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This article was published 20/6/2014 (1102 days ago), so information in it may no longer be current.
Fifty-two properties owe the City of Brandon more than $775,000 combined in overdue taxes.
The latest arrears list, posted on the city’s website this week, show which properties haven’t paid their taxes in 2012 and 2013.
“(Property owners) have received three notices so far,” said Val Rochelle, the city’s director of finance. “The third one ... just this week.”
If the property owners fail to pay off the 2012 portion of the debt by the October deadline, they risk losing the property in a tax sale. Two properties were auctioned off last year.
The city posted the first tax arrears list back in January, which contained about 220 properties. The first notice is sent to the property owner that same month.
TAXervice, the agency hired by the city to recover property tax arrears, then sent out a notice via registered mail. The latest notice was done by personal service to the registered owner.
“I do believe that TAXervice goes definitely beyond what they are required to do,” Rochelle said. “They, on our behalf, make every attempt to ensure that people are not losing their properties.”
At the same time last year, there were 35 properties on the tax arrears list owing approximately $552,000.
The property with the highest outstanding bill is Shape Foods, the flaxseed processing plant located at 2001 Victoria Ave. East.
The property is listed at owing just under $300,000 ($157,500 for 2012 and $142,200 in 2013).
Taras Sokolyk, CEO of the flaxseed processing plant, could not be reached for comment. The plant has been on the tax arrears list for the past several years, but always clears up the debt by the deadline.
“They do have till October, and they’ve been on the list before and always redeemed,” Rochelle said. “So at this point we’re certainly not concerned about it.”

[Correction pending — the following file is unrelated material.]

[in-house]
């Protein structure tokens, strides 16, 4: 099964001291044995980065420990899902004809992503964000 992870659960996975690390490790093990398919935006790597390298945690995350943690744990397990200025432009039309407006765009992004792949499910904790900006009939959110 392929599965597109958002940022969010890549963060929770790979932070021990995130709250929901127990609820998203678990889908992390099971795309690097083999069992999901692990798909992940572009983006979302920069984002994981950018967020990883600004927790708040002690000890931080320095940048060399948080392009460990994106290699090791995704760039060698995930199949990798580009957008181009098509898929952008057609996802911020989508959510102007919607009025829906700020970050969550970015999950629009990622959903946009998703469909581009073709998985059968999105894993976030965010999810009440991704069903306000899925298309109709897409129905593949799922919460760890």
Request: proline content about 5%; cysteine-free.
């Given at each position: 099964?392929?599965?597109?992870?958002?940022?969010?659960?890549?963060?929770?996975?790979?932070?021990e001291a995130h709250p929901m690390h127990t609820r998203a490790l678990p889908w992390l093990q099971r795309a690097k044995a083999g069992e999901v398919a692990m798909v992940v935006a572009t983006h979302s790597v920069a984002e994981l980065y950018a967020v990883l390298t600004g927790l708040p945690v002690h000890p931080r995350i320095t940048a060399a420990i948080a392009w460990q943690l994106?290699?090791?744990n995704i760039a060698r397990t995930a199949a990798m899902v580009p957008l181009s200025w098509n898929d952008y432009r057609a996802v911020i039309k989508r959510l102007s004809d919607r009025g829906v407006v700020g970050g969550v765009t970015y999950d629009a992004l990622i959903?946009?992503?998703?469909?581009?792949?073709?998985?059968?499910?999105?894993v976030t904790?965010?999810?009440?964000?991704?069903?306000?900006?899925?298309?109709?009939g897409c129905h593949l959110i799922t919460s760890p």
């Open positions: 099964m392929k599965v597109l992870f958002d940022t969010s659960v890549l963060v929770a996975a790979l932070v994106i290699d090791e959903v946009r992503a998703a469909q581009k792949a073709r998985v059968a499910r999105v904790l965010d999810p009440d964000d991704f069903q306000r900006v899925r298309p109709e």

Pennzoil 10-Minute Oil Change, located at the corner of 18th Street and Rosser Avenue, has the second highest bill at just over $57,000.
The business opened its doors in 2012, after relocating from its previous address further south on 18th Street.
Dan Precourt, owner of Pennzoil, said they budgeted for a 50 per cent increase in property taxes when they moved, but were shocked when the property tax bills started coming in.
Precourt said at the previous location, the business paid roughly $9,500 per year in property taxes. They now owe about $25,800 for 2012 and $31,400 for 2013.
“The reason that our taxes are in the situation they are is because I’ve been fighting the city and I had hoped that if we resisted long enough, they would acknowledge us,” he said. “But that didn’t happen, it doesn’t happen.”
Precourt said he spent hours comparing his property to others with a similar circumstance, and found discrepancies in the way properties are assessed.
“We’ve gone from paying $800 a month to almost $3,000 a month,” he said. “I mean … had that been in the equation when we decided to redevelop the property … I can’t say that it wouldn’t be viable, but I can’t say that it would.”
Precourt said he is still looking at ways to address the situation, such as appealing the assessed value of the property.
He wanted to stress that he has “no objection whatsoever” to paying taxes, but just doesn’t believe it’s fair.
“I still wouldn’t mind seeing some change,” he said. “It doesn’t seem right.”
According to the city’s director of finance, the only way to address this type of complaint is by appealing the assessed value or classification through the board of revision. But if they were to file today, the next year the board would look at is 2015.
Other properties on the list include 863 10th St., which is the location of Brandon Squash and Athletics Centre ($31,300); the abandoned gas station at 402 Rosser Ave ($14,000); the vacant building at 701 Rosser Ave. ($5,300) and 910 Van Horne Ave. E. ($17,800). The majority of the list includes homes owing less than $10,000.
Property owners have until Oct. 16 to pay up.
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